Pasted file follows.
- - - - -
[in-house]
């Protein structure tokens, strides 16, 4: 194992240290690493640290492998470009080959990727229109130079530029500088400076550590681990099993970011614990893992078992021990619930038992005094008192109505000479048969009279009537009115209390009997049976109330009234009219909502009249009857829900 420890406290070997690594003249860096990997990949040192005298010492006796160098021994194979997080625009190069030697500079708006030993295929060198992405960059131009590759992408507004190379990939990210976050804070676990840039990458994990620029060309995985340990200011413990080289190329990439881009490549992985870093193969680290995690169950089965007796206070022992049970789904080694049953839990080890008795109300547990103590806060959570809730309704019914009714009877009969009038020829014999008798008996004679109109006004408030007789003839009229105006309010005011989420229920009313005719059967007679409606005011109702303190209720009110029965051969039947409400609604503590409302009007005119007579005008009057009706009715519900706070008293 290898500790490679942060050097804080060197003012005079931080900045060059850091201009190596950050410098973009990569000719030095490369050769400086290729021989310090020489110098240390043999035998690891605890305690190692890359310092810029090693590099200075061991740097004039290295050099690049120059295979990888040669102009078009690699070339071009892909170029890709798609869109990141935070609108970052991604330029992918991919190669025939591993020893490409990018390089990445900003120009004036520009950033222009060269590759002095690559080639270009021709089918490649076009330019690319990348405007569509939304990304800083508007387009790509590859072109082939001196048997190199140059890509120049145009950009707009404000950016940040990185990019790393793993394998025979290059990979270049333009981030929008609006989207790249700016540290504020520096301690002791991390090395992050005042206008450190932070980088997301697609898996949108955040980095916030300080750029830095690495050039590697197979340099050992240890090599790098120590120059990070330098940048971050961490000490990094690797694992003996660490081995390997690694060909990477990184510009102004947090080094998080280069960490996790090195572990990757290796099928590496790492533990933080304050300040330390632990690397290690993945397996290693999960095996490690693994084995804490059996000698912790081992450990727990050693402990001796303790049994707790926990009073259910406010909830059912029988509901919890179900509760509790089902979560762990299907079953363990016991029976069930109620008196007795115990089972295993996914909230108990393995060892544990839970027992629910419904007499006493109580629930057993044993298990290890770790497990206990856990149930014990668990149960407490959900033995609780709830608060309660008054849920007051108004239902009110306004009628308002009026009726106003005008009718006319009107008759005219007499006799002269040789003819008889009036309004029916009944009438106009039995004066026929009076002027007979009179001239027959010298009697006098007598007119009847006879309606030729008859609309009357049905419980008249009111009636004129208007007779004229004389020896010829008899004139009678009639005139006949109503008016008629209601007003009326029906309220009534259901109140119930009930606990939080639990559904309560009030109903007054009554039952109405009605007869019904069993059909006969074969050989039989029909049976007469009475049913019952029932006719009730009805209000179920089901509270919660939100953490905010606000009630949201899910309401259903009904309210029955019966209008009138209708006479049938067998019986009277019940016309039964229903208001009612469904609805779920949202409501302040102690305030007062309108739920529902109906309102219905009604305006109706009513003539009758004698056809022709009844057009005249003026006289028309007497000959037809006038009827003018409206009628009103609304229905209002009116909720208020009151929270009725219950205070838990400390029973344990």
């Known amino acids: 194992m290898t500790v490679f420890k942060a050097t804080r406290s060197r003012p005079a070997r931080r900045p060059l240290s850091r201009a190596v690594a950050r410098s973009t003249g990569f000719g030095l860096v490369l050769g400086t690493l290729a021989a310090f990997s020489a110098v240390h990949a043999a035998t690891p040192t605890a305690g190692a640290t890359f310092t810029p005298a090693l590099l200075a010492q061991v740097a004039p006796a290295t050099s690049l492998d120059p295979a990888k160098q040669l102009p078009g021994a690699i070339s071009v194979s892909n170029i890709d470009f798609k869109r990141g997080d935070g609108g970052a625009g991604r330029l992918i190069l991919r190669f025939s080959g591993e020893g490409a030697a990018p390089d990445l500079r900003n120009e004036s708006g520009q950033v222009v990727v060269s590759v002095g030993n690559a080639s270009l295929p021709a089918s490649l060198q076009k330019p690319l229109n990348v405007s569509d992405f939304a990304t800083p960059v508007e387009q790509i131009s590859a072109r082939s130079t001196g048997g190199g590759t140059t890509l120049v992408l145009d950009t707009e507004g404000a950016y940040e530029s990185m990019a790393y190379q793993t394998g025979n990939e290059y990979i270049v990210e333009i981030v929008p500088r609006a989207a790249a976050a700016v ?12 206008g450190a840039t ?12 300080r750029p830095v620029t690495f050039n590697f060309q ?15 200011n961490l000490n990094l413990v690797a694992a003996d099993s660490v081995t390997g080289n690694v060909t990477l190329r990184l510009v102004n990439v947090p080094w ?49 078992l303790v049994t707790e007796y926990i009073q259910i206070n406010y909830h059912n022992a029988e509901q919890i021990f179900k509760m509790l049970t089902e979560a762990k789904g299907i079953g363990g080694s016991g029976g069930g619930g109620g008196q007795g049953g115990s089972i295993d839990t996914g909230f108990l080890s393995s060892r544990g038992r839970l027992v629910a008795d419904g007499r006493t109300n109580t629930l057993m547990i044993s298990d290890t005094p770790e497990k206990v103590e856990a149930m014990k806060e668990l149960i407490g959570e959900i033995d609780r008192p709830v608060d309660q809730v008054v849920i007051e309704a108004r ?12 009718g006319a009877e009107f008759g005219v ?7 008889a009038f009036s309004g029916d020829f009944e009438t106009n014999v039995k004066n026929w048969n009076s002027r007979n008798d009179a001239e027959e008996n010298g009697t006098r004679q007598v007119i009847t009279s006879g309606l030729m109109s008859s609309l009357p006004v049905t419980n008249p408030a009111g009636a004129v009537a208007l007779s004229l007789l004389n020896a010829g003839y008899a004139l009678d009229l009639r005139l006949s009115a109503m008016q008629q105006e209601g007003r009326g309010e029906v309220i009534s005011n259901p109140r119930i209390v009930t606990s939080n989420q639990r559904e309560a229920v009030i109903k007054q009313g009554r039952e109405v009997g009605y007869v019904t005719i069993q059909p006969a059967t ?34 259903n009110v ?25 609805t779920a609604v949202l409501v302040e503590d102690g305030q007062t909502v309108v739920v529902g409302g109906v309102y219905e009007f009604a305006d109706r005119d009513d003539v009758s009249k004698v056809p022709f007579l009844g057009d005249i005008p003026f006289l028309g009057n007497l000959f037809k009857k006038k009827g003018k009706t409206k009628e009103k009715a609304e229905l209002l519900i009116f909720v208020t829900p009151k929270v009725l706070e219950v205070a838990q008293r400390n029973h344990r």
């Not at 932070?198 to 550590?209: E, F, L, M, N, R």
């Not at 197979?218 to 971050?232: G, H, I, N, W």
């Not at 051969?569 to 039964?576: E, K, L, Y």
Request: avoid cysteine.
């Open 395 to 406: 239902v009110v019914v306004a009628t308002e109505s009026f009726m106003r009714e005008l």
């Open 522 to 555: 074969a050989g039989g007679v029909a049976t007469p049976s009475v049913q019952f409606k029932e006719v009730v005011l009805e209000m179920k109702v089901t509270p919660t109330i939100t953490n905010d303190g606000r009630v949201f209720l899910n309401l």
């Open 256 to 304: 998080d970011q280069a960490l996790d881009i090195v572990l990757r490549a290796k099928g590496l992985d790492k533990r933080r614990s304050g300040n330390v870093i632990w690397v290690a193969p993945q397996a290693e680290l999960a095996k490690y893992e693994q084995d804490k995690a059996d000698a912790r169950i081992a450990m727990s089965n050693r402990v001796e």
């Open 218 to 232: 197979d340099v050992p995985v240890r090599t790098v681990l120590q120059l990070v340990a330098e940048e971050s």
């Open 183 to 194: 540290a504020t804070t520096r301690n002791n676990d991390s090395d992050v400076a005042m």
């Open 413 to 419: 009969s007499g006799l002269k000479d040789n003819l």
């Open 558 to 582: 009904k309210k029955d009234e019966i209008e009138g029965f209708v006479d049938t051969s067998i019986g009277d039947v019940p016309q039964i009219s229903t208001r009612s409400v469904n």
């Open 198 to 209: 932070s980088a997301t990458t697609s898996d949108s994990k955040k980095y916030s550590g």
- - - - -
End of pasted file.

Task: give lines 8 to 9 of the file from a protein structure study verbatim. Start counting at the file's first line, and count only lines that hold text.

């Open 395 to 406: 239902v009110v019914v306004a009628t308002e109505s009026f009726m106003r009714e005008l």
């Open 522 to 555: 074969a050989g039989g007679v029909a049976t007469p049976s009475v049913q019952f409606k029932e006719v009730v005011l009805e209000m179920k109702v089901t509270p919660t109330i939100t953490n905010d303190g606000r009630v949201f209720l899910n309401l």